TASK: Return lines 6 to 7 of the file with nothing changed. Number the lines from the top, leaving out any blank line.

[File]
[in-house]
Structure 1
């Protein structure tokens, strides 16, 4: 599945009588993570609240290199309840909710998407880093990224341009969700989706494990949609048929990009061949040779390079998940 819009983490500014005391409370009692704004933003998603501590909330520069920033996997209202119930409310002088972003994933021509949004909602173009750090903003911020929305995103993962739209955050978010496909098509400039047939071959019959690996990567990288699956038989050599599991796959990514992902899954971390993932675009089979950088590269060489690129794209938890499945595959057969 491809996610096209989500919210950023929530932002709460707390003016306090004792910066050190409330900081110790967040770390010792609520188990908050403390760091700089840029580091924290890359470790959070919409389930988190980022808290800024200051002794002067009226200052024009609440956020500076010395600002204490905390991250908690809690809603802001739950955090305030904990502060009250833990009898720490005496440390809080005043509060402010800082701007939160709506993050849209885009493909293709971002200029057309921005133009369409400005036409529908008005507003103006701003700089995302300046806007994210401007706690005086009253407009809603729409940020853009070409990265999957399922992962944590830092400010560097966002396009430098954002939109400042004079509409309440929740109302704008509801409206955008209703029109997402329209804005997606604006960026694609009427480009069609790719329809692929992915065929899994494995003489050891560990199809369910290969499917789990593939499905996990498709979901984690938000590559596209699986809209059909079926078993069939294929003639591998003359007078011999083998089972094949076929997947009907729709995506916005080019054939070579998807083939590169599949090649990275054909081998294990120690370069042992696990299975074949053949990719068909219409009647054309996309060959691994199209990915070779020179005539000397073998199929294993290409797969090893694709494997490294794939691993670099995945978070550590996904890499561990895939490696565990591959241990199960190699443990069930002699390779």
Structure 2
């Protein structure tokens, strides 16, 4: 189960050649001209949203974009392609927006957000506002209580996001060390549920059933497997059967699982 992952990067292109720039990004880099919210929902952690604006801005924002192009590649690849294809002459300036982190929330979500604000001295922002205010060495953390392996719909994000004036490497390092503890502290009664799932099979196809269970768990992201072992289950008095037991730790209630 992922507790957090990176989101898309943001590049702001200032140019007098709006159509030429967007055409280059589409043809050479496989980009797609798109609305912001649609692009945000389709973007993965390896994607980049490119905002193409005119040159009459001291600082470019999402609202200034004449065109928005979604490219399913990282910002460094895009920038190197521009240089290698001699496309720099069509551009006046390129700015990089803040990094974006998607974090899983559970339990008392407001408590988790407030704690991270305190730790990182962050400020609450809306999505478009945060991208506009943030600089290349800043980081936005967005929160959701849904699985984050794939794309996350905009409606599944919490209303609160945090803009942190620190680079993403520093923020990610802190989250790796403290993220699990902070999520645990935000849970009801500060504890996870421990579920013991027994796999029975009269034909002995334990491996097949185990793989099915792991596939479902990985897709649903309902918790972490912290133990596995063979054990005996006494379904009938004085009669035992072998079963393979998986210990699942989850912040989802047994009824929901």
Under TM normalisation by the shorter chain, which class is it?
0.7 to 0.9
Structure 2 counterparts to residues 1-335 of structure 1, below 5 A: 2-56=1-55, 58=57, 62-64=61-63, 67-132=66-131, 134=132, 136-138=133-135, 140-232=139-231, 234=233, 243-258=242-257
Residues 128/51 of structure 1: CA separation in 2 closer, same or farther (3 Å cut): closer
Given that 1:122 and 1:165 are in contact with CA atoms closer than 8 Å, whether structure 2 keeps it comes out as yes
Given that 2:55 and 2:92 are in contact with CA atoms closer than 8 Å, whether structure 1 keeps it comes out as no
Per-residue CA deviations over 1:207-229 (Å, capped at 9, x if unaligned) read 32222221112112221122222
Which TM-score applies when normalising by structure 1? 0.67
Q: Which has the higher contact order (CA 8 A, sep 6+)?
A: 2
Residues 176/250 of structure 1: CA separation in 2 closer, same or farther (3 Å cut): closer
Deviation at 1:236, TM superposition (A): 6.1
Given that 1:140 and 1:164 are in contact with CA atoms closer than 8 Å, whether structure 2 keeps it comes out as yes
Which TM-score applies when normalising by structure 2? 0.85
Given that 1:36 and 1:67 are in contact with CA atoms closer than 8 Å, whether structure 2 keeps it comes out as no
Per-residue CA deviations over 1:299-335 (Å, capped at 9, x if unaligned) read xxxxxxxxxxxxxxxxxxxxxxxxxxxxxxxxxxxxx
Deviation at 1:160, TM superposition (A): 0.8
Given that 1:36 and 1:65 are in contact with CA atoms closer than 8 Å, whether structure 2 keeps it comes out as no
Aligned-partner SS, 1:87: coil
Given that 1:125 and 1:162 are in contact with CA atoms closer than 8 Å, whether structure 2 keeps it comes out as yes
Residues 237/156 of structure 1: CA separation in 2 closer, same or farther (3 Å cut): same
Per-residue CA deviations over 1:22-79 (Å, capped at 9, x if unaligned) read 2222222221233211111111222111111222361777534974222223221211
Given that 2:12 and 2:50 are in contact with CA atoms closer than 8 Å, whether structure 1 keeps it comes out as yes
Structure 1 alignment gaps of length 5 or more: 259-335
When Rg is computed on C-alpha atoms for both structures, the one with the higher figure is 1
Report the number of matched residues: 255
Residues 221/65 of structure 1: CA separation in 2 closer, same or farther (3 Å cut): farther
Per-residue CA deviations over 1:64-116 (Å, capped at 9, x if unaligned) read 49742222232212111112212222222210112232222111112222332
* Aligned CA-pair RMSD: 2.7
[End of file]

Under TM normalisation by the shorter chain, which class is it?
0.7 to 0.9